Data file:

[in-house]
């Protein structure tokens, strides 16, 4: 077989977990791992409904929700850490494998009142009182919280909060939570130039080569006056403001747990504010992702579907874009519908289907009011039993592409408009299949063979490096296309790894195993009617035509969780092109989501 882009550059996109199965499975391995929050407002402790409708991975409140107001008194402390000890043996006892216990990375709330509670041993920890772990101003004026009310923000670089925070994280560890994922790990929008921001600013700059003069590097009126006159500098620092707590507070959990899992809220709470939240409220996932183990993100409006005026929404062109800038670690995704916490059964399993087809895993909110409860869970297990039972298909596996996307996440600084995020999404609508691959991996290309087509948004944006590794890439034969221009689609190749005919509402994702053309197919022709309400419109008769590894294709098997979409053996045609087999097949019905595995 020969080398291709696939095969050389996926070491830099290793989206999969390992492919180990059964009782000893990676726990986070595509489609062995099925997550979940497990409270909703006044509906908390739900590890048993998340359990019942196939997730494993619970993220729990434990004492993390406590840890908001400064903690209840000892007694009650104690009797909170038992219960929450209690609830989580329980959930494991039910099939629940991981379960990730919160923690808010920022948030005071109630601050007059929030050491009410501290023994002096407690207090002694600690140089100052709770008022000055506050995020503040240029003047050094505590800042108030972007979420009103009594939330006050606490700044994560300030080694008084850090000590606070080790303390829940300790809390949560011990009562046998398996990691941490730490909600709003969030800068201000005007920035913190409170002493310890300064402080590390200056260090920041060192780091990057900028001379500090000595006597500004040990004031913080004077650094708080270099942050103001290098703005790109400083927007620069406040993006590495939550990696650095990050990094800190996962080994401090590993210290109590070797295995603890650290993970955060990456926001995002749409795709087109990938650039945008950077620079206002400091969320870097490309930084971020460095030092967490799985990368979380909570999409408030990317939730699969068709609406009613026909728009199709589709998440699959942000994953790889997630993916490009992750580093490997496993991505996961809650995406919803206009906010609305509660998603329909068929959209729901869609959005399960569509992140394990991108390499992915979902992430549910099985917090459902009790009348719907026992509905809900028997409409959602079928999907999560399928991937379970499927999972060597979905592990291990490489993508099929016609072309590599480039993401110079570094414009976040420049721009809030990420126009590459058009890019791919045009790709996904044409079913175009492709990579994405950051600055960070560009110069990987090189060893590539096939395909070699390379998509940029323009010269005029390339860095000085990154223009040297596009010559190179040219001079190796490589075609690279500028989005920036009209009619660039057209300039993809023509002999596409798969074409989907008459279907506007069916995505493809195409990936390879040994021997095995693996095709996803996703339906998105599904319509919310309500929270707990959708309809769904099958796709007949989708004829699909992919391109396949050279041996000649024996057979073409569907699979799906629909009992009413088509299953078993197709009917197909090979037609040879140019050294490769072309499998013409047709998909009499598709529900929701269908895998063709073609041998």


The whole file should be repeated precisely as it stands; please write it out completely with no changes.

[in-house]
């Protein structure tokens, strides 16, 4: 077989977990791992409904929700850490494998009142009182919280909060939570130039080569006056403001747990504010992702579907874009519908289907009011039993592409408009299949063979490096296309790894195993009617035509969780092109989501 882009550059996109199965499975391995929050407002402790409708991975409140107001008194402390000890043996006892216990990375709330509670041993920890772990101003004026009310923000670089925070994280560890994922790990929008921001600013700059003069590097009126006159500098620092707590507070959990899992809220709470939240409220996932183990993100409006005026929404062109800038670690995704916490059964399993087809895993909110409860869970297990039972298909596996996307996440600084995020999404609508691959991996290309087509948004944006590794890439034969221009689609190749005919509402994702053309197919022709309400419109008769590894294709098997979409053996045609087999097949019905595995 020969080398291709696939095969050389996926070491830099290793989206999969390992492919180990059964009782000893990676726990986070595509489609062995099925997550979940497990409270909703006044509906908390739900590890048993998340359990019942196939997730494993619970993220729990434990004492993390406590840890908001400064903690209840000892007694009650104690009797909170038992219960929450209690609830989580329980959930494991039910099939629940991981379960990730919160923690808010920022948030005071109630601050007059929030050491009410501290023994002096407690207090002694600690140089100052709770008022000055506050995020503040240029003047050094505590800042108030972007979420009103009594939330006050606490700044994560300030080694008084850090000590606070080790303390829940300790809390949560011990009562046998398996990691941490730490909600709003969030800068201000005007920035913190409170002493310890300064402080590390200056260090920041060192780091990057900028001379500090000595006597500004040990004031913080004077650094708080270099942050103001290098703005790109400083927007620069406040993006590495939550990696650095990050990094800190996962080994401090590993210290109590070797295995603890650290993970955060990456926001995002749409795709087109990938650039945008950077620079206002400091969320870097490309930084971020460095030092967490799985990368979380909570999409408030990317939730699969068709609406009613026909728009199709589709998440699959942000994953790889997630993916490009992750580093490997496993991505996961809650995406919803206009906010609305509660998603329909068929959209729901869609959005399960569509992140394990991108390499992915979902992430549910099985917090459902009790009348719907026992509905809900028997409409959602079928999907999560399928991937379970499927999972060597979905592990291990490489993508099929016609072309590599480039993401110079570094414009976040420049721009809030990420126009590459058009890019791919045009790709996904044409079913175009492709990579994405950051600055960070560009110069990987090189060893590539096939395909070699390379998509940029323009010269005029390339860095000085990154223009040297596009010559190179040219001079190796490589075609690279500028989005920036009209009619660039057209300039993809023509002999596409798969074409989907008459279907506007069916995505493809195409990936390879040994021997095995693996095709996803996703339906998105599904319509919310309500929270707990959708309809769904099958796709007949989708004829699909992919391109396949050279041996000649024996057979073409569907699979799906629909009992009413088509299953078993197709009917197909090979037609040879140019050294490769072309499998013409047709998909009499598709529900929701269908895998063709073609041998």